The StoryWe're first introduced to a young Britt Reid when he's being admonished by his father (Tom Wilkinson), setting up the fact right away this father/son relationship is a troubled one. Flash forward years later and the older Britt has turned into a slacker who loves to party, loves the ladies, and lives a life of leisure. He and his father don't get along any better now that Britt's in his 20s than they did when Britt was a kid. If anything, their relationship has become even more dysfunctional. So when the senior Reid suddenly dies as the result of a bee sting, Britt's far from broken up about it. Sure, he's sad, but he's also angry at the man who never showed him any respect or much love.
Shortly after his dad's death, Britt and his dad's mechanic, Kato (Jay Chou), form an unlikely friendship. Most new BFFs would be out partying in night clubs and having fun spending some of Britt's inheritance. But these two bond over their mutual desire to fight crime, something they cooked up while drinking and sharing stories about Britt's dad in the back seat of the Black Beauty (a gorgeous souped-up car equipped with every weapon imaginable). It's a crazy idea, but for some reason they decide it is the absolute best use of their time, talents, and Britt's money.
Together, Britt and Kato cook up a scheme to masquerade as villains in order to take down the biggest, baddest crime boss of them all, Chudnofsky (Christoph Waltz). After having lots of his henchmen taken out by the Green Hornet and having a crimp put in his operations, Chudnofsky comes gunning for the masked crime fighters.
The ActingRogen's Reid is a goofy kid stuck in an adult body surrounded by million dollar toys. When he and Kato concoct the scheme to dress up in green and play crime fighters, it is just that - Britt handles it like they're playing dress up. It's a dumb idea, but as a kid Britt played with superhero toys and as an adult he hasn't grown out of loving that fantasy world. And because Rogen's made a living playing big, friendly goofballs, this version of Britt Reid/Green Hornet fits him to a T. Rogen's never been better than he is in The Green Hornet. It's as if all the work he's done up to this point in films was just laying the groundwork so audiences could accept him as The Green Hornet. He fits into the film, which he co-wrote, as if playing the masked superhero who doesn't have any special powers was always the natural next step in his career.
Just as Rogen's the perfect fit for this version of The Green Hornet, Jay Chou's the perfect fit for this Kato. Chou struggled with English during the film, but his delivery doesn't suffer one iota from his unfamiliarity with the language. Rogen and Chou worked closely on the dialogue, changing things up as needed throughout the production until both were comfortable with their characters' exchanges. And Chou, who doesn't have a martial arts background, sells the action scenes as though he's been doing stunts for years rather than the just the few months he had to prepare.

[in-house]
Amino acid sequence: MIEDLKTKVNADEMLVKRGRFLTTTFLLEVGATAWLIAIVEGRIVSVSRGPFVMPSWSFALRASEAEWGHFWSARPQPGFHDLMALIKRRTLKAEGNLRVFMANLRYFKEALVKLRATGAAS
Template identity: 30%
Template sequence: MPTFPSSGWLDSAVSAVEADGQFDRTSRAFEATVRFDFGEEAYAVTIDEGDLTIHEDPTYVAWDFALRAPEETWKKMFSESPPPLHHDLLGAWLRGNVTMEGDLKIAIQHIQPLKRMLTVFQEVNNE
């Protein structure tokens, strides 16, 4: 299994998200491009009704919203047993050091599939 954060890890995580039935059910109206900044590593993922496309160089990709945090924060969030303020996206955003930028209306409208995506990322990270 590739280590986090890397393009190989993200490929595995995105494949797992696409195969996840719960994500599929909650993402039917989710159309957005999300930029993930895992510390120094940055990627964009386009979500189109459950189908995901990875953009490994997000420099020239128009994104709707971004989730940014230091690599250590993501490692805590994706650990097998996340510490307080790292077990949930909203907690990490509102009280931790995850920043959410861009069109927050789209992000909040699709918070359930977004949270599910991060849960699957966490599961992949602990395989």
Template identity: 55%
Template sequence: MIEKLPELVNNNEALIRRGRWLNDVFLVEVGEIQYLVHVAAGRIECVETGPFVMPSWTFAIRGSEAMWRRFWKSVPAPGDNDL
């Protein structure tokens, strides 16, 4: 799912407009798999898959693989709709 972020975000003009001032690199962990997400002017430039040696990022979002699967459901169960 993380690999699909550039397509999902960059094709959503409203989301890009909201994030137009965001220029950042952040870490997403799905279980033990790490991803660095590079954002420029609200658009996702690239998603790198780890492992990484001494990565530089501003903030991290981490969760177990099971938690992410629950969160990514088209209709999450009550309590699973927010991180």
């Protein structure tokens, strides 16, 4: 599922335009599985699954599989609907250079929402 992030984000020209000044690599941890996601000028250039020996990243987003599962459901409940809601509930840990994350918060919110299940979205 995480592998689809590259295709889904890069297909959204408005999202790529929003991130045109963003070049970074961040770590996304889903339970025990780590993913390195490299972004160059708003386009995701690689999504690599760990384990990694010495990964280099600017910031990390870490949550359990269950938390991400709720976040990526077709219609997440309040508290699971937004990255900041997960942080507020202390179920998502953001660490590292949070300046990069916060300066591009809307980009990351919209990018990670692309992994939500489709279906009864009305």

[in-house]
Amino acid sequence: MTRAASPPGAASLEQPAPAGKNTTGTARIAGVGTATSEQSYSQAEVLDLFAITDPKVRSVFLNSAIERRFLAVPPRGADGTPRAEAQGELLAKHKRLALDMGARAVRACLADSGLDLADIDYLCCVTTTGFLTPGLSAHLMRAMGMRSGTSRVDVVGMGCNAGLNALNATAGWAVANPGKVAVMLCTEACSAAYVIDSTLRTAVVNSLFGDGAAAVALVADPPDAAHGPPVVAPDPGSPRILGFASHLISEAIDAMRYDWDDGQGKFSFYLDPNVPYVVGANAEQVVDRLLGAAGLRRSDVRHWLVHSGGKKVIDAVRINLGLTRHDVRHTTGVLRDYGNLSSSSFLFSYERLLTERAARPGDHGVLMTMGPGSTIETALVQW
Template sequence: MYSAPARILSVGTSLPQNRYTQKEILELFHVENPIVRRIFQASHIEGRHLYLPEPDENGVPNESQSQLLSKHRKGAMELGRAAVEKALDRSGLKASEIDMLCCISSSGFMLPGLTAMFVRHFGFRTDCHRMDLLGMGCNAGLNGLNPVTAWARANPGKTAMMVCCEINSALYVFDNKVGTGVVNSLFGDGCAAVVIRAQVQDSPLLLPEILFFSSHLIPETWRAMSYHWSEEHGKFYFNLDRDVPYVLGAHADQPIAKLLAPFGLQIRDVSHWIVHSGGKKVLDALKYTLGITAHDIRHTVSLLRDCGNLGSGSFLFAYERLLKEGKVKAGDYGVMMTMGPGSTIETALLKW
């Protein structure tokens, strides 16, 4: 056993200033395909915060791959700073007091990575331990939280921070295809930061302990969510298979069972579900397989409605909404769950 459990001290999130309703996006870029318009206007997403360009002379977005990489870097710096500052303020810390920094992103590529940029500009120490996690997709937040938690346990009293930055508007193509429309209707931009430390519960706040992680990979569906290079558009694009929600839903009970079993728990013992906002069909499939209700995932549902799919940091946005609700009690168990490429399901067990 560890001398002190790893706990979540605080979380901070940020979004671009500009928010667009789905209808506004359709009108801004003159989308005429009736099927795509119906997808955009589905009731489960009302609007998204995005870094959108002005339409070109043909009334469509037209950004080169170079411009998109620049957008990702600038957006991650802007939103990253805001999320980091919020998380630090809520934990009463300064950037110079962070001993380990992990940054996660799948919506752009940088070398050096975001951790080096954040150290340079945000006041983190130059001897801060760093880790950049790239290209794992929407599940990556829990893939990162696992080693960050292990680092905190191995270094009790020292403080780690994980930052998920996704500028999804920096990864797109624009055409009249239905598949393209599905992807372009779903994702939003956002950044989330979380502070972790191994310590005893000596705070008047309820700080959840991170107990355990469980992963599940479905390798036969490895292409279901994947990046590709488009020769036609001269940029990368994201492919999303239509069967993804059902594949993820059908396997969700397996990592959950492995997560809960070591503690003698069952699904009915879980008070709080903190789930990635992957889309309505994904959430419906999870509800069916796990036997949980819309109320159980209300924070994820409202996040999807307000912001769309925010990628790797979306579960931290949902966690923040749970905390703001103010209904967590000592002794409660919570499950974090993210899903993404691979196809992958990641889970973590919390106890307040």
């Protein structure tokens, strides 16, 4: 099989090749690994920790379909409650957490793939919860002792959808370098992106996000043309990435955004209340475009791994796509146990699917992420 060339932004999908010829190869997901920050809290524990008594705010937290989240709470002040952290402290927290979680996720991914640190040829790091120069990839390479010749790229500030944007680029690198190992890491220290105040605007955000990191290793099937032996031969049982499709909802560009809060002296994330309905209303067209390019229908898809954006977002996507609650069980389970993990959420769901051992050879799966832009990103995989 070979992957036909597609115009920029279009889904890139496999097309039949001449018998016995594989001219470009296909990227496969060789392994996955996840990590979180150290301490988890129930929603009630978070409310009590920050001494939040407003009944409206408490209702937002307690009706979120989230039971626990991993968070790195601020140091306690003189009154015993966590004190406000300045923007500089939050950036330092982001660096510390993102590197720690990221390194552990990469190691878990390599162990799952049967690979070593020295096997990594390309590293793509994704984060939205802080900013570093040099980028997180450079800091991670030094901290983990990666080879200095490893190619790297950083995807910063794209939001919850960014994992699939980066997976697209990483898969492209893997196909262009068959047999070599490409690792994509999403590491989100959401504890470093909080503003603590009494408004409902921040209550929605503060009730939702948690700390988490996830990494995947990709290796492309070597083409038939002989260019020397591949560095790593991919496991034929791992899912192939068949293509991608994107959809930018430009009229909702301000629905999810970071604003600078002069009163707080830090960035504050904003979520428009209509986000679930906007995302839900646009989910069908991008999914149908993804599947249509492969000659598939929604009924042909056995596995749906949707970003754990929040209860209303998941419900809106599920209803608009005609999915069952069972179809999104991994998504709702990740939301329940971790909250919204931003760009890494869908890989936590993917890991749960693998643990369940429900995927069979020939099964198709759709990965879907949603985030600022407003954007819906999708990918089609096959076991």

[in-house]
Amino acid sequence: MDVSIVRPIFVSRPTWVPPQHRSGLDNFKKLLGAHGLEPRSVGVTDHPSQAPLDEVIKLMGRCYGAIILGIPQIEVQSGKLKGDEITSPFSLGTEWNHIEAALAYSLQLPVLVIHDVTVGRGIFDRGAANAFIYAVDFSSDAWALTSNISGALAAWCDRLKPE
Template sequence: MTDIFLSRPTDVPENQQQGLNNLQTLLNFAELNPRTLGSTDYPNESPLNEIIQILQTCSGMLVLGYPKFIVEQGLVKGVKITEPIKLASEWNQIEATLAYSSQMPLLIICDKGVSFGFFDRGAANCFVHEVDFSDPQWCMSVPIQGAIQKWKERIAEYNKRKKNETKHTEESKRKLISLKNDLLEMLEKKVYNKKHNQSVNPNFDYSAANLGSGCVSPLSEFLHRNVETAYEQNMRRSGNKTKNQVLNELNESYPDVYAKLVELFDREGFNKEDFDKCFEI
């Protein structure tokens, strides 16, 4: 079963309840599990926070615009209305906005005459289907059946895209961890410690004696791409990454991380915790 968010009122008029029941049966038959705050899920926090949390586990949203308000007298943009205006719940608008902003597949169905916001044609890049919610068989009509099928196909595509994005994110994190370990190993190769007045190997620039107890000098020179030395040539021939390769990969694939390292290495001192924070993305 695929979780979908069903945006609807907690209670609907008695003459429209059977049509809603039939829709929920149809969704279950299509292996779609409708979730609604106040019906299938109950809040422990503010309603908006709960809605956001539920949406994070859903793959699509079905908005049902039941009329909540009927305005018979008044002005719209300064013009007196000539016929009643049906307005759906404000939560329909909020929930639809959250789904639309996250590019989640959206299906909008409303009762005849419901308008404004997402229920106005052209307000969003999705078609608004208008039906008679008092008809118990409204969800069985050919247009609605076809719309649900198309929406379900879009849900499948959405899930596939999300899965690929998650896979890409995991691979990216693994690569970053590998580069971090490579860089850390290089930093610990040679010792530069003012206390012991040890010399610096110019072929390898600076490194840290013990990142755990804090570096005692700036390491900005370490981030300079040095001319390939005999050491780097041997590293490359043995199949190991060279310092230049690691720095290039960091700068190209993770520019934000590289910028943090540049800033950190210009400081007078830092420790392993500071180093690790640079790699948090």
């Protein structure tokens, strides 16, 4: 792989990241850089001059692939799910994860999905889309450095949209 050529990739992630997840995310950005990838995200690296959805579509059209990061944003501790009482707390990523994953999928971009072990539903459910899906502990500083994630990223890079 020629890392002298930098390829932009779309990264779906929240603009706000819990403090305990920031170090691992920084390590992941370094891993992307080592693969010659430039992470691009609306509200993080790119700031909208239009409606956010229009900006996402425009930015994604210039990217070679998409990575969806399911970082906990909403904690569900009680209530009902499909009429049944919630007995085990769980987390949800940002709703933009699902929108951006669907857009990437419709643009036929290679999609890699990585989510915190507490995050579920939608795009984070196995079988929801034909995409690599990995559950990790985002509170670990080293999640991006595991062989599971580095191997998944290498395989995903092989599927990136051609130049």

And casting Christoph Waltz - fresh off his Oscar-winning turn as Nazi Colonel Hans Landa in Quentin Tarantino's Inglourious Basterds - as the main villain is another example of perfect casting. Waltz' Chudnofsky has low self-esteem and is easily offended when his rivals don't find his name or outfits threatening enough to make him truly scary. Waltz' plays Chudnofsky, an unstable man who controls a criminal empire, as a charmingly evil crime boss who's just as likely to shoot his own man as he is to take out his enemies.
The Bottom LineThe Green Hornet isn't your normal superhero film. It makes fun of genre conventions, and other than a few random scenes that don't last long, it never takes itself seriously. Britt Reid/Green Hornet is a playboy party-animal who kind of just happens onto the idea of taking down criminals. It's not a moral imperative. He's not doing it for revenge. He's actually doing it because it seems like it could be fun, and it's a way of proving his recently deceased father wasn't right about him never amounting to anything. And because, let's face it, hardly anyone actually knows much about The Green Hornet, Rogen and Goldberg could play very loose with the story. They reinvented the Green Hornet and kicked up Kato's part into more than just an ass-kicking sidekick. It's a smart move, changing up the dynamic into something we don't see in every other comic book/graphic novel/cartoon superhero-inspired movie, and it works well within this new, reinvigorated take on these characters who were created way back in the 1930s.
Director Michel Gondry (Eternal Sunshine of the Spotless Mind, The Science of Sleep) does a fantastic job of putting his unique stamp on the production. The Green Hornet's Gondry's first major action film, and he's proved himself fully capable of handling the genre with this action-packed film. The Green Hornet's fast-paced and the fight scenes, some of which are seen through Gondry's Kato Vision point of view, are both stylishly done and ridiculous. There's not much about this film that's realistic, but who cares? Realism isn't what Gondry, Rogen and Goldberg were going for with this absurd yet entertaining superhero film.
The Green Hornet was directed by Michel Gondry and is rated PG-13 for sequences of violent action, language, sensuality and drug content.
Theatrical Release: January 14, 2011